“I’d like them to open their eyes, open their ears, open their minds to what they’re doing,” said parent Jon Buckley.
Fourteen days of striking have left demonstrators with little hope, but plenty of energy. Many say they see the teachers on the picket lines as members of their family.
“They showed up for the kids’ dad’s funeral five years ago, every one of them,” said Cody Gossman, a parent at the rally. “They have always looked out for our kids and cared for them, so we’re here to support them.”
Fewer than half–49 percent–of the students in the district attended school on Wednesday. Many remained at home or on the picket lines.
Some parents say it’s to demonstrate solidarity, others say it’s because there’s little education going on in the classrooms.
“The sub is just there to sub,” said parent Tammy Shukoski. “They’re not really there to educate our kids; they don’t know them.”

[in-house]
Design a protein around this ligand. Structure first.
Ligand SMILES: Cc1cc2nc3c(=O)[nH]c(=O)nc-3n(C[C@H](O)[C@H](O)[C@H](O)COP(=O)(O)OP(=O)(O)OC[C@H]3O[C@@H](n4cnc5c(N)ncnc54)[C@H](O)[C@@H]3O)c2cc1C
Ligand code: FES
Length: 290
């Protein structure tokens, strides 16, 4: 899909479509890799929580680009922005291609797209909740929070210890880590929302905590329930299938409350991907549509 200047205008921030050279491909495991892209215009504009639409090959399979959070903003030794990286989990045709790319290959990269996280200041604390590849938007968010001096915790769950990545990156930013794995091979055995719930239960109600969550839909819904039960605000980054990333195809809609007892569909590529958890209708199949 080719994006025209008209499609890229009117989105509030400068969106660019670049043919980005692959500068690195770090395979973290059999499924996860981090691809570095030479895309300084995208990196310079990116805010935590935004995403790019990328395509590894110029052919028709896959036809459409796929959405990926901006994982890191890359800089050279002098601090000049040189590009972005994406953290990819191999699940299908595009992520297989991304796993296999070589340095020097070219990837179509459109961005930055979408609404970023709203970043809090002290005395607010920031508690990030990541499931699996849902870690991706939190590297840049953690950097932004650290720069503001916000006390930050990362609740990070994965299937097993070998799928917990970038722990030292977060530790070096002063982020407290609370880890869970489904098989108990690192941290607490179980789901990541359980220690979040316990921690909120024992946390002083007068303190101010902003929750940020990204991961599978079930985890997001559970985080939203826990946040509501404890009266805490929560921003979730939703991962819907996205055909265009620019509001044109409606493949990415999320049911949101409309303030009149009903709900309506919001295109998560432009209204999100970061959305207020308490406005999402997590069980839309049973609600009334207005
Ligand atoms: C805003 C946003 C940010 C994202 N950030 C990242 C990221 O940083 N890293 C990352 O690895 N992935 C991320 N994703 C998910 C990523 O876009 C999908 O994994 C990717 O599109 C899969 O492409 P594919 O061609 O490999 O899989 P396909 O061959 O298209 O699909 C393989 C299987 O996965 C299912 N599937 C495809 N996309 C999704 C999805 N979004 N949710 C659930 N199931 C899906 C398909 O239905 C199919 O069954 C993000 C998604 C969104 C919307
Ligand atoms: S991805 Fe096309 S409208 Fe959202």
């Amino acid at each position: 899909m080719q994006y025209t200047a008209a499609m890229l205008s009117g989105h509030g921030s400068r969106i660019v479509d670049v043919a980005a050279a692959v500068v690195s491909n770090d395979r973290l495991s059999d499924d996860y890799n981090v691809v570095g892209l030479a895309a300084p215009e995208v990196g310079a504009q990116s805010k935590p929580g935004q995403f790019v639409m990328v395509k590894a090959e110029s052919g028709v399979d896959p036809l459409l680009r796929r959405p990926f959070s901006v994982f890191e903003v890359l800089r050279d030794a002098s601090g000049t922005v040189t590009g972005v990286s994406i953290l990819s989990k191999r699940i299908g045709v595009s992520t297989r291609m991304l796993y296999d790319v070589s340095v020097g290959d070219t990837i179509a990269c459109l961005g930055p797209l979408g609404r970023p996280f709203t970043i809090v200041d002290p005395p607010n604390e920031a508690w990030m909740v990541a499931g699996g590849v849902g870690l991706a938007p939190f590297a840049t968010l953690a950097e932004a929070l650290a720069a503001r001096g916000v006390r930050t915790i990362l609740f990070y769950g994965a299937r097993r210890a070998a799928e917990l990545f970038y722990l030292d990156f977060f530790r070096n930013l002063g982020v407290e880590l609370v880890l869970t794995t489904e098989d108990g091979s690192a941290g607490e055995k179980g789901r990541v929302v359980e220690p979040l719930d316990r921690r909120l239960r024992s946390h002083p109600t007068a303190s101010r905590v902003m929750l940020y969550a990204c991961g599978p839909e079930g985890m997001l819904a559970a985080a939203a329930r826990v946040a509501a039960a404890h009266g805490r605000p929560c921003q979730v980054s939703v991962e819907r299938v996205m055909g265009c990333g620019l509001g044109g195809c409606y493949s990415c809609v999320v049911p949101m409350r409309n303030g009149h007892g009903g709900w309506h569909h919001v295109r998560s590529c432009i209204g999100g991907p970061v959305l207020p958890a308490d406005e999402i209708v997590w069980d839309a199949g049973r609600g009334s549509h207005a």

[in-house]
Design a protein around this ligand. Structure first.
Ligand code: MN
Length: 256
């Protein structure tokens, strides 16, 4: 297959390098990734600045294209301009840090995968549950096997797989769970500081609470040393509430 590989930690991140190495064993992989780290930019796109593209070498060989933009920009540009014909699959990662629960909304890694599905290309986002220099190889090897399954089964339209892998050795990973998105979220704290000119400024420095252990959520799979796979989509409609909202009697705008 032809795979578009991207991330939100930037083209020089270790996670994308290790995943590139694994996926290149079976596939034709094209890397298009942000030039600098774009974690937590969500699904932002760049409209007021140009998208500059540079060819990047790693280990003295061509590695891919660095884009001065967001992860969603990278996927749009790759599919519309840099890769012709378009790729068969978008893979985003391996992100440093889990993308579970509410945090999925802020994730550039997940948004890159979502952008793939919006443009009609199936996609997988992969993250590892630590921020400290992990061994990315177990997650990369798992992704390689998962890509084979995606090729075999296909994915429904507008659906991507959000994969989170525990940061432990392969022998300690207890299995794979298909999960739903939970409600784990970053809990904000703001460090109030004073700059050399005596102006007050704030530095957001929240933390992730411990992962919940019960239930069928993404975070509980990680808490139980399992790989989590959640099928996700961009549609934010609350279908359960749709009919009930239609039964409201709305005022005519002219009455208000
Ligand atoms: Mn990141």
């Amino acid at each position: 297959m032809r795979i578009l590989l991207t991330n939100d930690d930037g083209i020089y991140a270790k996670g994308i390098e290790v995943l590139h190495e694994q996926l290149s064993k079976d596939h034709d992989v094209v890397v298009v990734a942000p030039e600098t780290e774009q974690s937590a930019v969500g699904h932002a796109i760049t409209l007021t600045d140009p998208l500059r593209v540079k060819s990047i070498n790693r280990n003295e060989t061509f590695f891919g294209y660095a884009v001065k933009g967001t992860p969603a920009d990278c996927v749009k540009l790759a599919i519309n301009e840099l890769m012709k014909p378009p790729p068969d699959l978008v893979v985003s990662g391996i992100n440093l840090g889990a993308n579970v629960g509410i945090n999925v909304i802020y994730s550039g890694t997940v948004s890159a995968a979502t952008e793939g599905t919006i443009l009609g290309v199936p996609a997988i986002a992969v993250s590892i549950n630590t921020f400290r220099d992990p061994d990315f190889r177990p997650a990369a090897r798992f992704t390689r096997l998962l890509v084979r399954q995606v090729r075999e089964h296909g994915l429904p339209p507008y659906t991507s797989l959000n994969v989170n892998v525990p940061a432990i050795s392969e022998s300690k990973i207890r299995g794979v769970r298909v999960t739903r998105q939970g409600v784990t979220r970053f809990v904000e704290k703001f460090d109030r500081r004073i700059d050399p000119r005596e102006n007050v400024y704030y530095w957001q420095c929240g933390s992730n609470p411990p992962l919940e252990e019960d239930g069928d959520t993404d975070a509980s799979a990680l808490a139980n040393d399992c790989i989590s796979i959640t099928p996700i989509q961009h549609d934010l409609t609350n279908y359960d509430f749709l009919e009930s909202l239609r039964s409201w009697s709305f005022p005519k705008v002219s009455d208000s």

But while voices boomed at the district headquarters, the negotiating teams remain silent – a good thing according to some.
“That both teams are still at the table is definitely a good sign. So, that being the case, we’re very positive about that,” said MEA Communications Chair Catherine Brasseur.
District representatives say progress is slow but moving. And while both teams acknowledged the possibility of a 24-hour marathon session, they also acknowledged it could take more days to reach an agreement.